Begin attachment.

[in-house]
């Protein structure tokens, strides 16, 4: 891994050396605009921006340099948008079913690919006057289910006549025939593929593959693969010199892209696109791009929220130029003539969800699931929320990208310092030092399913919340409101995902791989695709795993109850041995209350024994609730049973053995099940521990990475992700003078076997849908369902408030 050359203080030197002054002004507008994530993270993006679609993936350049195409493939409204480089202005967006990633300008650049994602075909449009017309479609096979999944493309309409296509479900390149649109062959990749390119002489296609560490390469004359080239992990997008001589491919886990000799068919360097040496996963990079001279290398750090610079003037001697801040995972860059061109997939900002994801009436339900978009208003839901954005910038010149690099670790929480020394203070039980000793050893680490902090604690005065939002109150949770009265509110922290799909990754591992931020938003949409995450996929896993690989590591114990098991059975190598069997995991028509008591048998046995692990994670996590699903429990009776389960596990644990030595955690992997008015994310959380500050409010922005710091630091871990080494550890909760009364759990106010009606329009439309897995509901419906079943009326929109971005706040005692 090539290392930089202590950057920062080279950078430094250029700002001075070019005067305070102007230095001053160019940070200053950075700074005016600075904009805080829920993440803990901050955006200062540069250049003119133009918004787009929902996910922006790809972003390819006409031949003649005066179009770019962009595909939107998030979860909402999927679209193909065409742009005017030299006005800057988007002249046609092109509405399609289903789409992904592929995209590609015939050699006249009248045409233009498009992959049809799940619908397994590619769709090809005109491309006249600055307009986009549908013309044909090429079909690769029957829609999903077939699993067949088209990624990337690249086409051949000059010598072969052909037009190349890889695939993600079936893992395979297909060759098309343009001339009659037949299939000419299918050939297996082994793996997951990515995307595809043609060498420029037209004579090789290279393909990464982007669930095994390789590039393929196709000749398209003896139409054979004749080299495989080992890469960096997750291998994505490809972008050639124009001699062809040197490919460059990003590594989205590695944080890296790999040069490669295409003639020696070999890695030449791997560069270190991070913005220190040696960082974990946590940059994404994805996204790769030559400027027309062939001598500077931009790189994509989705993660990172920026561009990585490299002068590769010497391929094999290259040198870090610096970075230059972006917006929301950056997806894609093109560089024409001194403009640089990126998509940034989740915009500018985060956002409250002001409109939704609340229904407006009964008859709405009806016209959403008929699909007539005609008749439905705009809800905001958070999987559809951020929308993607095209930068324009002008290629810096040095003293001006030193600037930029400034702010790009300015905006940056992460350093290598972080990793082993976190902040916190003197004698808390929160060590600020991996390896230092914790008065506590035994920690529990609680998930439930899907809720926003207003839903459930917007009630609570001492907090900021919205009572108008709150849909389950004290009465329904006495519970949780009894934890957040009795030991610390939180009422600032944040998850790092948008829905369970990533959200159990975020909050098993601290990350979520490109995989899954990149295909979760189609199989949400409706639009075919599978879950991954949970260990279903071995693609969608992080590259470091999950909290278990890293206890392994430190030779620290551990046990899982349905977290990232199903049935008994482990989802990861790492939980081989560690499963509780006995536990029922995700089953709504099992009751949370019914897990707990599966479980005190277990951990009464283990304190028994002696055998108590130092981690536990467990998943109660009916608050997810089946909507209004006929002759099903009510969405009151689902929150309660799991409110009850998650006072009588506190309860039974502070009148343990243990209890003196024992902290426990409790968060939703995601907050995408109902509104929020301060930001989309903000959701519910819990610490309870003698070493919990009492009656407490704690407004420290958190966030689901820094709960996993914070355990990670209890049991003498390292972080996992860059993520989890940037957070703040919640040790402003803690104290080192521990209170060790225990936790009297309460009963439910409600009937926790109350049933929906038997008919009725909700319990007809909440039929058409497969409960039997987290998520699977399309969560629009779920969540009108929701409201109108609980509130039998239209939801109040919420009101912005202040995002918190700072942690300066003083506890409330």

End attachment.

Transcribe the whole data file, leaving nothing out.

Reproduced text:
[in-house]
């Protein structure tokens, strides 16, 4: 891994050396605009921006340099948008079913690919006057289910006549025939593929593959693969010199892209696109791009929220130029003539969800699931929320990208310092030092399913919340409101995902791989695709795993109850041995209350024994609730049973053995099940521990990475992700003078076997849908369902408030 050359203080030197002054002004507008994530993270993006679609993936350049195409493939409204480089202005967006990633300008650049994602075909449009017309479609096979999944493309309409296509479900390149649109062959990749390119002489296609560490390469004359080239992990997008001589491919886990000799068919360097040496996963990079001279290398750090610079003037001697801040995972860059061109997939900002994801009436339900978009208003839901954005910038010149690099670790929480020394203070039980000793050893680490902090604690005065939002109150949770009265509110922290799909990754591992931020938003949409995450996929896993690989590591114990098991059975190598069997995991028509008591048998046995692990994670996590699903429990009776389960596990644990030595955690992997008015994310959380500050409010922005710091630091871990080494550890909760009364759990106010009606329009439309897995509901419906079943009326929109971005706040005692 090539290392930089202590950057920062080279950078430094250029700002001075070019005067305070102007230095001053160019940070200053950075700074005016600075904009805080829920993440803990901050955006200062540069250049003119133009918004787009929902996910922006790809972003390819006409031949003649005066179009770019962009595909939107998030979860909402999927679209193909065409742009005017030299006005800057988007002249046609092109509405399609289903789409992904592929995209590609015939050699006249009248045409233009498009992959049809799940619908397994590619769709090809005109491309006249600055307009986009549908013309044909090429079909690769029957829609999903077939699993067949088209990624990337690249086409051949000059010598072969052909037009190349890889695939993600079936893992395979297909060759098309343009001339009659037949299939000419299918050939297996082994793996997951990515995307595809043609060498420029037209004579090789290279393909990464982007669930095994390789590039393929196709000749398209003896139409054979004749080299495989080992890469960096997750291998994505490809972008050639124009001699062809040197490919460059990003590594989205590695944080890296790999040069490669295409003639020696070999890695030449791997560069270190991070913005220190040696960082974990946590940059994404994805996204790769030559400027027309062939001598500077931009790189994509989705993660990172920026561009990585490299002068590769010497391929094999290259040198870090610096970075230059972006917006929301950056997806894609093109560089024409001194403009640089990126998509940034989740915009500018985060956002409250002001409109939704609340229904407006009964008859709405009806016209959403008929699909007539005609008749439905705009809800905001958070999987559809951020929308993607095209930068324009002008290629810096040095003293001006030193600037930029400034702010790009300015905006940056992460350093290598972080990793082993976190902040916190003197004698808390929160060590600020991996390896230092914790008065506590035994920690529990609680998930439930899907809720926003207003839903459930917007009630609570001492907090900021919205009572108008709150849909389950004290009465329904006495519970949780009894934890957040009795030991610390939180009422600032944040998850790092948008829905369970990533959200159990975020909050098993601290990350979520490109995989899954990149295909979760189609199989949400409706639009075919599978879950991954949970260990279903071995693609969608992080590259470091999950909290278990890293206890392994430190030779620290551990046990899982349905977290990232199903049935008994482990989802990861790492939980081989560690499963509780006995536990029922995700089953709504099992009751949370019914897990707990599966479980005190277990951990009464283990304190028994002696055998108590130092981690536990467990998943109660009916608050997810089946909507209004006929002759099903009510969405009151689902929150309660799991409110009850998650006072009588506190309860039974502070009148343990243990209890003196024992902290426990409790968060939703995601907050995408109902509104929020301060930001989309903000959701519910819990610490309870003698070493919990009492009656407490704690407004420290958190966030689901820094709960996993914070355990990670209890049991003498390292972080996992860059993520989890940037957070703040919640040790402003803690104290080192521990209170060790225990936790009297309460009963439910409600009937926790109350049933929906038997008919009725909700319990007809909440039929058409497969409960039997987290998520699977399309969560629009779920969540009108929701409201109108609980509130039998239209939801109040919420009101912005202040995002918190700072942690300066003083506890409330």